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Confronting today's vocations crisis
Father Paul Stuart is the new Vocations Director for the Archdiocese of Melbourne. He has also been appointed Dean of Students at Corpus Christ Seminary after completing a Licence in Theology at the Pontifical Gregorian University in Rome. He was ordained in 1992.
The best advertisement for marriage could only be a happily married couple. For the priesthood, you could not outdo a good pastor. The religious orders that are thriving are surely those with contented and purposeful nuns and brothers, who are visible and radical signs of prayer, community and holy activity.
When I was a young member of a parish in Melbourne, my parish priest was Father Michael Morgan, who was then assisted by Father John Salvano, Sister Marie Doily RSC and a resident seminarian, Greg Pritchard, who went on to be ordained a priest.
In their own positive and cheerful ways they presented Christian ministry and service to me as a vocation and a way of life. Not by verbally encouraging me to think about becoming a priest necessarily, but by their example, both in their work and also by their happiness in their work. They were all builders and not destroyers, affirmers and not critics, doers and not talkers.
No zippy advertisement or poster, commercial or promotional campaign could better them and others like them in exhibiting the value and worth of Holy Orders or religious life.
I could write at length, too, about the legion of married couples whose marriages, despite hardships and struggles, like that of my own parents, give witness to the joy and satisfaction of holy matrimony and parenthood. They live as a contradiction and a challenge to the permissive, promiscuous, anti-life and dehumanised world that largely surrounds them and our families. Single Catholics also provide a great example to other singles when their talents and time are channelled into the work of the Church and her parishes.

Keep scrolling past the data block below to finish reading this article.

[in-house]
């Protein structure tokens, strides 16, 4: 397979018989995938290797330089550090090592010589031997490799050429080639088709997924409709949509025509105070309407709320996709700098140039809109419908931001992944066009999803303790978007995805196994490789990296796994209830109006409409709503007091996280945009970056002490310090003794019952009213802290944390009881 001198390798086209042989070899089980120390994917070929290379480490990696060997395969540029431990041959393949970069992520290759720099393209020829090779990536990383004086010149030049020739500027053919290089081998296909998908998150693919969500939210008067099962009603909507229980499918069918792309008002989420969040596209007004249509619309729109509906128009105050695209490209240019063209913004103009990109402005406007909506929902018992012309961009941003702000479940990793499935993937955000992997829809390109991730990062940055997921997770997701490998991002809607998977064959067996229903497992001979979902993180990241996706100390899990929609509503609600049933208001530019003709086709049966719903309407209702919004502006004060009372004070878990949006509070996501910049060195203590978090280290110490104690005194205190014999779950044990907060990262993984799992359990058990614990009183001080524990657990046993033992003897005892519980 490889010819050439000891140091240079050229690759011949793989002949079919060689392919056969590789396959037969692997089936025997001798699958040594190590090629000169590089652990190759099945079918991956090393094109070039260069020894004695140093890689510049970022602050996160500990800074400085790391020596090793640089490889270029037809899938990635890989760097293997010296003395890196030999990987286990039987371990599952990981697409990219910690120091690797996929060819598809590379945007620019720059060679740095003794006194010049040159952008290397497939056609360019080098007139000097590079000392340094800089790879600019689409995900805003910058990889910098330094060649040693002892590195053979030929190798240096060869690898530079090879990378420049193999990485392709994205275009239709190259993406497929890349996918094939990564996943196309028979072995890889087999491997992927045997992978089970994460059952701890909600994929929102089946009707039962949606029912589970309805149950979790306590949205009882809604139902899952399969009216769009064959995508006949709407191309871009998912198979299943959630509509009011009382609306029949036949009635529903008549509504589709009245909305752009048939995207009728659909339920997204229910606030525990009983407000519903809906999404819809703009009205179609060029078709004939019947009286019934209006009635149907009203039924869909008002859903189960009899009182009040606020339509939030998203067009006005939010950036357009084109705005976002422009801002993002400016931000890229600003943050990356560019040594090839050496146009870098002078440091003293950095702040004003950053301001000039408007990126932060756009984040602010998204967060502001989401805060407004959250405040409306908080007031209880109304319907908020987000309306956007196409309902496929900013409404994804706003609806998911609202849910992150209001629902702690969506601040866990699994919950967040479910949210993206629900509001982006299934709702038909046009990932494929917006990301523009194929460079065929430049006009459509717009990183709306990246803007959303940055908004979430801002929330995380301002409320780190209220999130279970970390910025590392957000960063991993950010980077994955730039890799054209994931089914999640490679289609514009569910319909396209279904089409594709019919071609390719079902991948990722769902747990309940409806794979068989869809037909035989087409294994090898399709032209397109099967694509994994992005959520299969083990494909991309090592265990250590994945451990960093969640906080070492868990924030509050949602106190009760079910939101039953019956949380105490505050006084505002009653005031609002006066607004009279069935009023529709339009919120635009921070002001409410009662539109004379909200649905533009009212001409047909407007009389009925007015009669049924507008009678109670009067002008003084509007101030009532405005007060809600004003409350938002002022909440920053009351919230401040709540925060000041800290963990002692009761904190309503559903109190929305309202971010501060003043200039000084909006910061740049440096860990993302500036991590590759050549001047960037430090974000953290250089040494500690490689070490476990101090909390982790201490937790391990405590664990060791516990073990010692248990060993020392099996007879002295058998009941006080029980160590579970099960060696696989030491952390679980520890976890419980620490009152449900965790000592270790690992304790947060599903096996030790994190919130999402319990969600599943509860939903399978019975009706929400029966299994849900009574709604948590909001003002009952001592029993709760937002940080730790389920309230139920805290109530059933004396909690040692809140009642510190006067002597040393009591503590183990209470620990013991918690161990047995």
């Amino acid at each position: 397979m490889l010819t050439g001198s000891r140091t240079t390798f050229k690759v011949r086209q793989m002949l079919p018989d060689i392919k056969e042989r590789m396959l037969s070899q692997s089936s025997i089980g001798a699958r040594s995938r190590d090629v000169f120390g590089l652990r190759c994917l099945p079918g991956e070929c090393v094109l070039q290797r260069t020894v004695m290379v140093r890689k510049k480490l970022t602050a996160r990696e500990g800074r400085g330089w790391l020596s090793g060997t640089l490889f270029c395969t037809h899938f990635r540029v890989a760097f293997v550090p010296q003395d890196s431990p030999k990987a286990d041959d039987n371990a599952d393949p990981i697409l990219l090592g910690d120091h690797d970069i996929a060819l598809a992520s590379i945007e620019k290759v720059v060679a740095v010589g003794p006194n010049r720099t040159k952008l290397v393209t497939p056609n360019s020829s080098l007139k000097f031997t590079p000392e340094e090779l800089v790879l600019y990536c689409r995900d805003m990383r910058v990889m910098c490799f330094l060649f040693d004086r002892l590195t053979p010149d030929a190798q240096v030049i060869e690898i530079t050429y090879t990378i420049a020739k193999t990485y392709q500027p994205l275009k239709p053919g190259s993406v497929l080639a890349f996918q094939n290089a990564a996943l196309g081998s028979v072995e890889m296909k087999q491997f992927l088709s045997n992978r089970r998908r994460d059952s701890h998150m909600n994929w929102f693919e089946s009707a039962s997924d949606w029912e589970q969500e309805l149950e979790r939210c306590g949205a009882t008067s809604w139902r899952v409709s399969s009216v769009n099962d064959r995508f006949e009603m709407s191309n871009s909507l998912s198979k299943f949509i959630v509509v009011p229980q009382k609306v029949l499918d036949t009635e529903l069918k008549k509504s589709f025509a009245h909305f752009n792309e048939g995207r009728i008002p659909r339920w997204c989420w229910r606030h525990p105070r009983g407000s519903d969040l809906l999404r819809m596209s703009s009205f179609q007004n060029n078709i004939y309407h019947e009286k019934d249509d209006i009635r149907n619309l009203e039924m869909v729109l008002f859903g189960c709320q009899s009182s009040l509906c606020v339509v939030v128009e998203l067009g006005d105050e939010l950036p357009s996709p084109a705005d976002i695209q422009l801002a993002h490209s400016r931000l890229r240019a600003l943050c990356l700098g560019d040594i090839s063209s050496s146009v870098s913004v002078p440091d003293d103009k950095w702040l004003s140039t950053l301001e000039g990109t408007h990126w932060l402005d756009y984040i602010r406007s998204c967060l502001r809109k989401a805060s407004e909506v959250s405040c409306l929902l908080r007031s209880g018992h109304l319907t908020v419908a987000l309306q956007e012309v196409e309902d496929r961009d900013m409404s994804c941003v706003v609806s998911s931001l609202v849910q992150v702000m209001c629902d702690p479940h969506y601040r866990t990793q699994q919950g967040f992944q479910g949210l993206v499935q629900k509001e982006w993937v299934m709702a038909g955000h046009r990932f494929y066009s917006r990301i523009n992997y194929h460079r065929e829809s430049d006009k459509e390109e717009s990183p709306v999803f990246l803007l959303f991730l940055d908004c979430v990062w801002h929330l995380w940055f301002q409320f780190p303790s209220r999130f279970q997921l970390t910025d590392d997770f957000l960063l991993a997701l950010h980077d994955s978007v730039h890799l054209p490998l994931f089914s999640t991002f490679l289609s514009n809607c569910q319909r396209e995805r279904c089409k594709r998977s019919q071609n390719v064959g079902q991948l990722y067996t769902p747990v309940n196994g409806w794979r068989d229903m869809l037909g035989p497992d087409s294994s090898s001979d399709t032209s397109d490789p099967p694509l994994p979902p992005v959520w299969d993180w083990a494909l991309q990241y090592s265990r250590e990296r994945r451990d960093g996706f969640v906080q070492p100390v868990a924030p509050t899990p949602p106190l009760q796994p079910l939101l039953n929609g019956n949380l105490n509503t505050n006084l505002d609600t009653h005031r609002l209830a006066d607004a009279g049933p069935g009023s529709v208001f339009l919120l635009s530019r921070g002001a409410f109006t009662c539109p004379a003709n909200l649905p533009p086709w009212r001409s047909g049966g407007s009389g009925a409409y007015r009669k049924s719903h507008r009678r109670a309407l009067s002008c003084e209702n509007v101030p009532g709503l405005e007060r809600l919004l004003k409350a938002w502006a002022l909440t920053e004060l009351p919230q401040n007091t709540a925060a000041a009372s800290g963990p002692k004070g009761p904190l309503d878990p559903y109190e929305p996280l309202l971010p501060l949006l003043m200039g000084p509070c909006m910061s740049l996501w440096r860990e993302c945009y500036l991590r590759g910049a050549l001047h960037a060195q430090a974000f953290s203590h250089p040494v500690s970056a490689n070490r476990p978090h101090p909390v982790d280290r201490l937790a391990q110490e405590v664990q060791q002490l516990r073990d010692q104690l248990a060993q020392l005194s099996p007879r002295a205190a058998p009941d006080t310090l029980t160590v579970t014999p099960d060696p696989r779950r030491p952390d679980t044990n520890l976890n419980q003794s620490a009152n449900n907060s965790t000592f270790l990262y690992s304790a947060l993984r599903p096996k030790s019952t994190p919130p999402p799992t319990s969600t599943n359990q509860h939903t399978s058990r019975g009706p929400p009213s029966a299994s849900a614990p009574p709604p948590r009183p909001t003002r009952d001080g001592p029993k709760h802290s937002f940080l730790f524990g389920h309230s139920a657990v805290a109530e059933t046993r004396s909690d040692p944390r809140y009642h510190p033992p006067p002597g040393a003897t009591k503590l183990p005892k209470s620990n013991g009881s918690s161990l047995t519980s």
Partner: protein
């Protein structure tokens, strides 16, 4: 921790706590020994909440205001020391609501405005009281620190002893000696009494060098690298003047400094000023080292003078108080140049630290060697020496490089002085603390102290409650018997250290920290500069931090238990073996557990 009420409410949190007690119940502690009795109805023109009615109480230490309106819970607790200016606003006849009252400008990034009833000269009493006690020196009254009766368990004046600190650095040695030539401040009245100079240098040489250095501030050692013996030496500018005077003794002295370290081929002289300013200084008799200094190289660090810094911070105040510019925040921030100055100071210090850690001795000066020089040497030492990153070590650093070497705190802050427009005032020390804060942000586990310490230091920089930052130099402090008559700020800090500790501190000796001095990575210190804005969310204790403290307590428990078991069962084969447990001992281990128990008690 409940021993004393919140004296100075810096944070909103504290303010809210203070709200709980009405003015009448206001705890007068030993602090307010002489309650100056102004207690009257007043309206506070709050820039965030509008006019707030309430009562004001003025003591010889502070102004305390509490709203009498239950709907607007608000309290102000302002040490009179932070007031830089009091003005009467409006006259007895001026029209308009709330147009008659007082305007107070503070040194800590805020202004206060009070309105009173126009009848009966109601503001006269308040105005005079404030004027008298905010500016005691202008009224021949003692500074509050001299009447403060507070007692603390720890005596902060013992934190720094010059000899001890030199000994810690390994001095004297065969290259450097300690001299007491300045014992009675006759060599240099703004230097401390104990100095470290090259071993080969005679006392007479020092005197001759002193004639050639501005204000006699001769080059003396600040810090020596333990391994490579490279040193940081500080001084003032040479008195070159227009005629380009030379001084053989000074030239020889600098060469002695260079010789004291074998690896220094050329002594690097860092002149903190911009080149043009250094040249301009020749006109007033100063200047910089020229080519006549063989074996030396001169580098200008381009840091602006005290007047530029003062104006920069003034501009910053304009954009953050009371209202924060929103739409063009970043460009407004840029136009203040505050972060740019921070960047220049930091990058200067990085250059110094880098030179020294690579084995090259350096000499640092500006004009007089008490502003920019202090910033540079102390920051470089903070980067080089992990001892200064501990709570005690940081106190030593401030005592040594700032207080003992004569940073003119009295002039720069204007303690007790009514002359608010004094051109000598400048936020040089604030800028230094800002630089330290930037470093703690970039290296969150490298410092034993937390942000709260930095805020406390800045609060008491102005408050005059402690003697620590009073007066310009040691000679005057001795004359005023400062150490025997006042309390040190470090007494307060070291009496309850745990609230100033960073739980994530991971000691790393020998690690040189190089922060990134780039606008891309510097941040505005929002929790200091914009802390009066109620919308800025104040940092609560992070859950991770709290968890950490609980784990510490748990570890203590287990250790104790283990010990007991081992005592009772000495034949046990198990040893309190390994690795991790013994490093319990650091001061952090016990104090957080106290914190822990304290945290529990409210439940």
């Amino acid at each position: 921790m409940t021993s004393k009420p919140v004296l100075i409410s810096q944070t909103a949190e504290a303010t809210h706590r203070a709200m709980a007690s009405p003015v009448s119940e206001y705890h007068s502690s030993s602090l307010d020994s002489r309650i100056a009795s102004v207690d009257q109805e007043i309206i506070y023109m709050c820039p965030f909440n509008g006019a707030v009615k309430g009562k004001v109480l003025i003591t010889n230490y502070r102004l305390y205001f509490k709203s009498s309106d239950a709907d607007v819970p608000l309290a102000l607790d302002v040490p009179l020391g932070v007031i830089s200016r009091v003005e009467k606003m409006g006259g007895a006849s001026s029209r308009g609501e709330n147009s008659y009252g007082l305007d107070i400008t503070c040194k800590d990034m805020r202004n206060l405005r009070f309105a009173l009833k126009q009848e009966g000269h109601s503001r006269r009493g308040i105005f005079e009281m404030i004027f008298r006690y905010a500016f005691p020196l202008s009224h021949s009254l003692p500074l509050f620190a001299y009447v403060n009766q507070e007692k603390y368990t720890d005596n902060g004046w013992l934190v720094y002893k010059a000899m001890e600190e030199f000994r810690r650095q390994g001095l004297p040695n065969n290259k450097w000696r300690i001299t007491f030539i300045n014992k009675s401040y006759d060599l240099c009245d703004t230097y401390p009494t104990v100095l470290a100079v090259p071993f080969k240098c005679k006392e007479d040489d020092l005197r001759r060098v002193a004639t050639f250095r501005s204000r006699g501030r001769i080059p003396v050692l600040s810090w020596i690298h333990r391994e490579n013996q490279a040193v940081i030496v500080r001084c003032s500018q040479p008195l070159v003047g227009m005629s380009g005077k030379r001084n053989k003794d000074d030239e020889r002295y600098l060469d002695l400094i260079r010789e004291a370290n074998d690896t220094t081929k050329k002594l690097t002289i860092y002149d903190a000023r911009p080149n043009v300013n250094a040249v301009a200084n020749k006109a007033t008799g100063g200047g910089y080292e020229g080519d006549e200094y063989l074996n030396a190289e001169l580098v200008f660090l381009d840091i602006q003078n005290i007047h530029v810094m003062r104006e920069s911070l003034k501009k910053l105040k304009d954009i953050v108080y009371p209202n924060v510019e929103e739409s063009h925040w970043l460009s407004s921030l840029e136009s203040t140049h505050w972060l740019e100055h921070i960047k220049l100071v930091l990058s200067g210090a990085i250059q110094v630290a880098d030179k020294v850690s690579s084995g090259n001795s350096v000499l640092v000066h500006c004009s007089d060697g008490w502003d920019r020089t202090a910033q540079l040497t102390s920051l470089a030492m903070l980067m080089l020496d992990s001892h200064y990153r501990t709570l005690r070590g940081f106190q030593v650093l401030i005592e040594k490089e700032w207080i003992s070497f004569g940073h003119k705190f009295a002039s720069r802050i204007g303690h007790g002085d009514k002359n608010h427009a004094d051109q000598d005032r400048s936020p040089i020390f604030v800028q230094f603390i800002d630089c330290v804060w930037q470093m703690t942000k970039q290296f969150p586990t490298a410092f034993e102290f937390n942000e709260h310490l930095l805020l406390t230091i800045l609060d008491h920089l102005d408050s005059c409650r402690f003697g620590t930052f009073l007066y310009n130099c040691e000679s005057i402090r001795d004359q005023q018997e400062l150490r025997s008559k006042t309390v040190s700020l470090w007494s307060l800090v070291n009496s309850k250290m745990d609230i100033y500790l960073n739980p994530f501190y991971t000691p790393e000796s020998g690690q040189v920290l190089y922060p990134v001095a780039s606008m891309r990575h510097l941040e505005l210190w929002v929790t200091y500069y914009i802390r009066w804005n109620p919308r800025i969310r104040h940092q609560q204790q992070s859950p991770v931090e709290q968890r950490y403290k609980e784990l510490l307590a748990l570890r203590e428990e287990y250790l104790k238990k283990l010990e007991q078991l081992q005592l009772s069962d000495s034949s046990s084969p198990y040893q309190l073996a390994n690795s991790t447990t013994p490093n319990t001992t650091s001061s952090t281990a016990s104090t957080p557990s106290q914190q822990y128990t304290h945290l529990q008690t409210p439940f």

When it comes to following and serving Jesus Christ, fulfilling a Christian vocation or ministry and being a living sign and witness of the Gospel, we can take two paths - one tried and tested since time immemorial and mostly fruitful, or the other which has always ultimately failed despite its periodic popularity at different times in the Church's 2,000 years.
The latter path is the attempt by Catholics - clergy, religious and laity - to "blend in" to the world, to avoid at great cost any real or apparent differences that the Christian life may hold in comparison to the secular. This blending in or avoidance can find expression in mental attitudes, language, terminology, dress and not least in religious and moral beliefs.
For many of them, God is in all things, and is to be reached through all and any philosophical or spiritual roads that might take one's fancy. Christ and his Church is but one route. And even when the Catholic pathway is chosen, some censor Christ's sayings and teachings, and dilute or even dismiss his Church's doctrines and morals. This is done to suit their personal palate or to avoid the "liberal" world's harsh gaze and judgement, which professes compassion, tolerance and justice, except towards those who hold true to Christ and the Catholic Church. They believe in everything to the point where they believe in nothing.